When my name was called and the description of my new business idea was read, I tried to stand only briefly, but my boss forced me back up and held my arm as a warning to continue standing. I am immensely shy when attention is focused on me in large rooms, and I sort of zoned out as I tried not to smile too awkwardly and was unsure of where I should avert my gaze. Do I look around the room at the 900-odd faces looking up at me, do I stare straight ahead, do I wave? All of those questions were clogging my mind. I couldn't hear anything that was being announced about me or my idea, and when the applause began, I sunk back into my seat, relieved. It was not until later when I learned that as the CEO finished reading the description, our founder had commented: "Oh, we can totally do that."
I made a mental note to seek out the President of Media during the holiday party to thank her for selecting my idea as a finalist. Unfortunately for the articulate, brief and gracious thank-you speech I had prepared in my head during my first glass of wine, she found me on what may have been my fourth. Just as I was opting to instead send her a thank-you note on Monday, she approached me and grabbed my arm, "So what do you think? How do you feel?"
In my exhilaration that (1) I was a finalist, (2) I was tipsy, and (3) the President of Media (who is a very big deal in our industry and was recently a high-level executive in one of the world's biggest Internet companies) had actually approached me at the holiday party, I began to babble thank yous and I think I even hugged her.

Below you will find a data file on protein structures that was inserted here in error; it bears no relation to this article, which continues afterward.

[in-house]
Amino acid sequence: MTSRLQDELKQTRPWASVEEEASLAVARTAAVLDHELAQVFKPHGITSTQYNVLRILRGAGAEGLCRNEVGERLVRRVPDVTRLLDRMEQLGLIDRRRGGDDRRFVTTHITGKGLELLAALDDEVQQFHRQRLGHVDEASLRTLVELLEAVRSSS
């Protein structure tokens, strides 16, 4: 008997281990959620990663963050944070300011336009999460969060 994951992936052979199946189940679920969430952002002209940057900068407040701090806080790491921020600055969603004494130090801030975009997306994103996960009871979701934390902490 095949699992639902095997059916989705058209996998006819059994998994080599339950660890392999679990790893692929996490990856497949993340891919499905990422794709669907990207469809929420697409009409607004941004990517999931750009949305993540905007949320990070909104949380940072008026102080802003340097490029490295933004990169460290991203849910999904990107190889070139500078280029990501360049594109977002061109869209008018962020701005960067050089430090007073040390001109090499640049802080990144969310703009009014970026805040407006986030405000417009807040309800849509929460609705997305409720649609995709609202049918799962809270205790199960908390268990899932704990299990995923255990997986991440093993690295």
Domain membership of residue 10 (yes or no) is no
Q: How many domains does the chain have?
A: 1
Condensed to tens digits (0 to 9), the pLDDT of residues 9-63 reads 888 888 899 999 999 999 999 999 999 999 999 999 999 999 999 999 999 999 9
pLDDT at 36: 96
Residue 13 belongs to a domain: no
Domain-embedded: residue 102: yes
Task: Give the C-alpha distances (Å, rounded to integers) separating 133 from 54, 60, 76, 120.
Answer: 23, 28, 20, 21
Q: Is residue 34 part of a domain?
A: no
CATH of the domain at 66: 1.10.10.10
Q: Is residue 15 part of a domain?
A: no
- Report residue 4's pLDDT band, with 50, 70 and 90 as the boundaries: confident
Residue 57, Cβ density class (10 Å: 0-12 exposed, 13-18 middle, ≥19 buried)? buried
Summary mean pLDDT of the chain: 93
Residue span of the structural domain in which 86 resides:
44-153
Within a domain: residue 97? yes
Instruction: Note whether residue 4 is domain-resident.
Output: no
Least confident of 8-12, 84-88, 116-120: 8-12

I don't mean to sound like a total groupie, but generally people are trying to find reasons to approach her - not to mention the entourage of colleagues often at her heels. And there I was in a huge room filled with all of the head honchos in our company, and she had come to congratulate me. I know it speaks more to how down-to-earth and involved she is, but I couldn't help but feel .. err ... special. As I continued to gawkily thank her and inelegantly tell her how excited I was to be a finalist, she pulled my arm a little firmer, leaned in close and said, "No, it's more than that. I want to do your idea."
I stood there staring at her, my mouth agape. She stared back and nodded, "Yea."
My mouth continued to hang open. She smiled and nodded a second time, "Yea."
I think I may have said thank you for the upteenth time, but that might have just been in my head. I may have just continued to stand there and stare at her. Still smiling as she began to move on, she squeezed my arm: "Enjoy your evening."
I watched her walk away.
I spent the rest of the evening reeling with excitement and silently eulogizing the day I decided to move to New York City. Then, I took a cab home while incoherently blathering the night's summary to my parents and endured a brief lecture from my mother on why I shouldn't drink so much. Once in my tiny studio apartment in Harlem, I passed out on top of my bedsheets, under the heat of three light bulbs, wearing a black sweater dress, matching opaque tights and stilettos.
Cloud Nine? Not really. It was more like Cloud New York.